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Eagles News: Lane Johnson won’t rule out Philadelphia re-signing Jason Peters

Philadelphia Eagles news and links for 4/30/20.

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NFL: Preseason-Tampa Bay Buccaneers at Philadelphia Eagles Eric Hartline-USA TODAY Sports

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Lane Johnson thinks Eagles may bring Jason Peters back - NBCSP
Six weeks after free agency started, Jason Peters still doesn’t have a job. And Lane Johnson, his longtime teammate, thinks he may find one back in Philadelphia. Peters, the nine-time Pro Bowl left tackle, became an unrestricted free agent in mid-March but remains unsigned six weeks later. Johnson told NBC Sports Philadelphia’s John Clark he thinks there’s a chance the Eagles re-sign Peters. “I think there’s always a chance,” Johnson said. “Really, right now, all we have is time. We’ll see what happens, I wouldn’t rule it out.”

Here’s what anonymous scouts had to say about the Eagles’ 2020 NFL Draft picks - BGN
Reagor was the fourth receiver selected in this year’s draft behind Henry Ruggs III, Jerry Jeudy, and CeeDee Lamb. McGinn’s polling had Reagor ranked as the eighth best receiver. “Holy shit, he’s exciting,” said one scout. “His speed and run after … we’re looking for explosive playmakers. His punt returns were like holy hell. … His skill set is outstanding.” [..] “He’s faster and quicker than CeeDee or (Justin) Jefferson,” said a second scout. “He’s tough, he’ll catch in the middle and he takes the ball away from people. But, if the ball’s not coming to him, he doesn’t do much. He doesn’t block. He hardly gets off the line of scrimmage sometimes. He is a talented, talented kid, but his body language and attitude, from film only, is bad. Kind of a reluctant football player. When the ball’s coming to him he’s full-speed.” […] “He may be the most explosive guy coming out of this draft,” said a third scout. “Quick and aggressive, plays fast, quick hands. Can he be a slot receiver, too? I think he can.” […] Added a fourth scout: “If I want a jet sweep guy I want Reagor. That (guy) is fast.”

Podcast: Analyzing the Eagles’ 2020 draft - PhillyVoice
On Tuesday, we graded (and analyzed) the Philadelphia Eagles’ 2020 draft haul, in print form. Today, Brandon Lee Gowton and I talked about it, in podcast form.

Brian Baldinger says Eagles ‘missed the boat’ with many of their NFL draft picks - Inquirer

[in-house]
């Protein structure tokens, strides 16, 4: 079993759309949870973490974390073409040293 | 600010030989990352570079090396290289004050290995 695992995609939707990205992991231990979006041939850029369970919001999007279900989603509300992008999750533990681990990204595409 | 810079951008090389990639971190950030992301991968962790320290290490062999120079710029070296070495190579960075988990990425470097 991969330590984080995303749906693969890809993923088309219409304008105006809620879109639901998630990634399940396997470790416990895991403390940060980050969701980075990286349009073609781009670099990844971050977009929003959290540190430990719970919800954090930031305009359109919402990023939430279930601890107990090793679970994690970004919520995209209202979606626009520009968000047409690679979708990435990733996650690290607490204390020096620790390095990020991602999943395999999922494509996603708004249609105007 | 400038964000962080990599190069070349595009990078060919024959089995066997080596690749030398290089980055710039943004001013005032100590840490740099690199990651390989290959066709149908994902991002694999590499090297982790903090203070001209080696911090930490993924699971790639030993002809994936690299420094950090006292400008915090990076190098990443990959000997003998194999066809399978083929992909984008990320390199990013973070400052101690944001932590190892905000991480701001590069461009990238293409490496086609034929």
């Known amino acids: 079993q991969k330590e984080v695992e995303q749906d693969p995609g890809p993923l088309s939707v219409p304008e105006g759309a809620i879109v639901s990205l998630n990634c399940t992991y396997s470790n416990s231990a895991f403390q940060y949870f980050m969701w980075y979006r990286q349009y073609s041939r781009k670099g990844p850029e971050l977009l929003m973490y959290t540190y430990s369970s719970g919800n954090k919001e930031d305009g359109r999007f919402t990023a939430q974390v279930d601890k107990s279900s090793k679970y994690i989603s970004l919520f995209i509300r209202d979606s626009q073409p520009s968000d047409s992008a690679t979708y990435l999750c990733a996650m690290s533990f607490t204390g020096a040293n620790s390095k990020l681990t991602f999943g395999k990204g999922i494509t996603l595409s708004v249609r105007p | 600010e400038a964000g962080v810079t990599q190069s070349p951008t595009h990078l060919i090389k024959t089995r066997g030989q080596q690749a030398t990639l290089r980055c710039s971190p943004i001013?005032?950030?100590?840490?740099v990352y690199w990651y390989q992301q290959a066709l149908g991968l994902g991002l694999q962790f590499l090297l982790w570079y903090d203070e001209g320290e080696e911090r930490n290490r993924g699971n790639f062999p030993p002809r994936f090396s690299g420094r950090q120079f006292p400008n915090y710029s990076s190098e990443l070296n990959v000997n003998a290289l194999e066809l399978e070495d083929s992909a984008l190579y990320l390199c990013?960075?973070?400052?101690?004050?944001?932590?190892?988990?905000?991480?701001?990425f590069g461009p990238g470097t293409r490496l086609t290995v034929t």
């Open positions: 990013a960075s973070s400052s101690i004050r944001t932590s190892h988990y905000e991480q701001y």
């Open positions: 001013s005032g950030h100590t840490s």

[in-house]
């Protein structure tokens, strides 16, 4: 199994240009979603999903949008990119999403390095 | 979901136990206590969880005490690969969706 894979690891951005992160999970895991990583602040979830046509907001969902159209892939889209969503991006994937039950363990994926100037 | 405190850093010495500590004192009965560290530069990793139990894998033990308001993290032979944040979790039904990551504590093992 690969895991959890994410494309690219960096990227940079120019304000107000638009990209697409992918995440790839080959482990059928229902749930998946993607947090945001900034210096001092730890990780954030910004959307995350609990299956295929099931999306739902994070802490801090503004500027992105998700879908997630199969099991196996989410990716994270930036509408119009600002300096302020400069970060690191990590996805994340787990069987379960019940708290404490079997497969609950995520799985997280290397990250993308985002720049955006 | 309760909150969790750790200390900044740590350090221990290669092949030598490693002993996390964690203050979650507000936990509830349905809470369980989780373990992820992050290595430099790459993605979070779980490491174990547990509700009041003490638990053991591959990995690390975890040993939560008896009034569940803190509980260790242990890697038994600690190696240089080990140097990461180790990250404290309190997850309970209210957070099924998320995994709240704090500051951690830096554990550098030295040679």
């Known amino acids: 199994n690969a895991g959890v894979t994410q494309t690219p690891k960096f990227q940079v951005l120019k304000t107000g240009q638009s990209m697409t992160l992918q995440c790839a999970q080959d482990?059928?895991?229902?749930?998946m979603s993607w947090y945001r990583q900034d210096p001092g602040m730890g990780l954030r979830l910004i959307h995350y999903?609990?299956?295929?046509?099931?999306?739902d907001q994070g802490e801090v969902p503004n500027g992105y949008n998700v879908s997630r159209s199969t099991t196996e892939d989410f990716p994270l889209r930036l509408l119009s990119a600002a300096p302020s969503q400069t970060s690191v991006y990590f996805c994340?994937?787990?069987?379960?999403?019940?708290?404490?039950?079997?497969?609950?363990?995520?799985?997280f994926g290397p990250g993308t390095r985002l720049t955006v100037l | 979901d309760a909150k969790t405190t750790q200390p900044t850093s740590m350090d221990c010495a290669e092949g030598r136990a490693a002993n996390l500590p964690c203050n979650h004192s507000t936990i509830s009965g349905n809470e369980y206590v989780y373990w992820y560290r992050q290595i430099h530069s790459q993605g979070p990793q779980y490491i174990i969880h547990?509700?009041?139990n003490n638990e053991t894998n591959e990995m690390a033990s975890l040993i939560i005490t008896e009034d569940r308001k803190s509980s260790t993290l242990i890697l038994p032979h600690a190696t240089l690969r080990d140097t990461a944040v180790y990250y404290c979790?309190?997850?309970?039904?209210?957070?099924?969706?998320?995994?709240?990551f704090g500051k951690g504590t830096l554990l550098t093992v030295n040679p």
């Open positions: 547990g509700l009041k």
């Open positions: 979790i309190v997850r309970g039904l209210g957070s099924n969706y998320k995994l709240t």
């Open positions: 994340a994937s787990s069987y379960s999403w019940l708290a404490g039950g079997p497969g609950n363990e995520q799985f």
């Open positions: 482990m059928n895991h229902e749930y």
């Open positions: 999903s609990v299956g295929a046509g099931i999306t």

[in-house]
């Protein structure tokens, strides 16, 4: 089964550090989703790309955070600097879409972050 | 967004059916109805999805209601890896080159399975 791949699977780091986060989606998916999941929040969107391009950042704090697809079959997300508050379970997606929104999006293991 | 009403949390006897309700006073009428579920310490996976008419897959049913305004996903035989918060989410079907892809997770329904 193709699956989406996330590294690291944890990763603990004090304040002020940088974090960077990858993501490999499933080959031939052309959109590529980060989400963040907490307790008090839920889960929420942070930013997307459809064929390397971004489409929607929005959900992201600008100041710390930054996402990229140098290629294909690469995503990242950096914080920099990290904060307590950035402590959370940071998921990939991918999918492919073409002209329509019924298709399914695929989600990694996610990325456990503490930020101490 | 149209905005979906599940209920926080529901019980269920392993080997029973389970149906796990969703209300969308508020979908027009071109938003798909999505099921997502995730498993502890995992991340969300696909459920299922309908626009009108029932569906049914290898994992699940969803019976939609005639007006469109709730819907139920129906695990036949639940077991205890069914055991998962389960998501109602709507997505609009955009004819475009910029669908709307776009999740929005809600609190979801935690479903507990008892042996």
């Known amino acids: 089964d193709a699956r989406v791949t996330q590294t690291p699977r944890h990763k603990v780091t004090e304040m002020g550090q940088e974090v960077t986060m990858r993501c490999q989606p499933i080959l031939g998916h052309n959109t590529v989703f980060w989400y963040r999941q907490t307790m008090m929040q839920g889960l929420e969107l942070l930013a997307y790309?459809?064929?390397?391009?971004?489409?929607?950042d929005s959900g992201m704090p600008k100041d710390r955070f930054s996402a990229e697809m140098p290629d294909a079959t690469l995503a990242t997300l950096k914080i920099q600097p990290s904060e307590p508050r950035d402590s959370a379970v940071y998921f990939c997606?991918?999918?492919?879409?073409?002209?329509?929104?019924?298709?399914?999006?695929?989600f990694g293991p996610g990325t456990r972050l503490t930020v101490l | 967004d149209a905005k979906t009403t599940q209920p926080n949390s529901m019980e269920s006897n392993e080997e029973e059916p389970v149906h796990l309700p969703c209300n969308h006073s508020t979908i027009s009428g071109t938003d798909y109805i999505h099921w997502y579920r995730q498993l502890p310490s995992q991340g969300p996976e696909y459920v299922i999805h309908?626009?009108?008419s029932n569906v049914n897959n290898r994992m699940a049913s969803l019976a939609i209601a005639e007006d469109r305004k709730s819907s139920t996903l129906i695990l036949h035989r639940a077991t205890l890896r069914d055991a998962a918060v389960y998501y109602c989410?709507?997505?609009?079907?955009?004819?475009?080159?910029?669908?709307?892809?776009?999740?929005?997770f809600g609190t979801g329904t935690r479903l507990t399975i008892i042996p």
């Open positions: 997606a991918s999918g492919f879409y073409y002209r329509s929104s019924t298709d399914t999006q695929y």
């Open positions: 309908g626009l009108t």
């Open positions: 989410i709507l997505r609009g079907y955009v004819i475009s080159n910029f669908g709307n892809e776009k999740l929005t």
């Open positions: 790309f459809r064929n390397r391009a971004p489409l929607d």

“There’s such a thing as functional speed,’’ said Baldinger, a former NFL offensive lineman who finished his 11-year career in 1993 after two seasons with the Eagles. “Everybody wants to get faster. But if you’re not able to get on the field, if you’re not productive, what’s the point in being fast? Anybody can collect fast guys. They’re everywhere. But that doesn’t mean they’re good football players or can make plays. “It’s bizarre. Outside of [fourth-round safety] K’Von Wallace, I don’t know one player they drafted that is going to help them out Week 1. Even [first-round wide receiver] Jalen Reagor. I like him personally. He’s a good kid. Good bloodlines and all that stuff. “But I honestly don’t know how anybody could look at Reagor the last two years and look at Justin Jefferson and take Reagor over Jefferson [who went to the Vikings at No. 22 after the Eagles took Reagor at No. 21]. I don’t know how anybody can do that.’’ Baldinger’s no-holds-barred take on the Eagles’ 10 draft selections.

Matthew Berry’s Fantasy Football Love/Hate, 2020 NFL draft edition - ESPN
Pass-catchers I hate after the 2020 NFL draft — Alshon Jeffery, Eagles: Coming off a season when he averaged a career-low 11.4 yards per reception and considering he has missed nine games over the past two seasons, you can’t feel great about the fact that Philly drafted three wide receivers and traded for Marquise Goodwin. When Jeffery was out there last season, he was targeted on 26.3% of his routes (seventh best among WRs), and it is hard to see him getting that same kind of volume this year, as it’s clear the Eagles want to overhaul their passing attack this year.

5 players set to breakout in their sophomore season - Fake Teams
RB Miles Sanders, Philadelphia Eagles. You may not have forgotten about Sanders entirely, but maybe you’ve forgotten just how good he was at times last year. Sanders finished 2019 with 818 yards and three touchdowns on 179 carries and 509 yards and three touchdowns on 50 catches. Those are great numbers for a rookie year and things only got better for Sanders as the Eagles didn’t bring back Jordan Howard who racked up 119 carries last year. More carries for Sanders in the backfield and possibly even more production in the passing game could set him up to take a huge fantasy leap his sophomore season.

2020 NFL Draft Report Card Report - Football Outsiders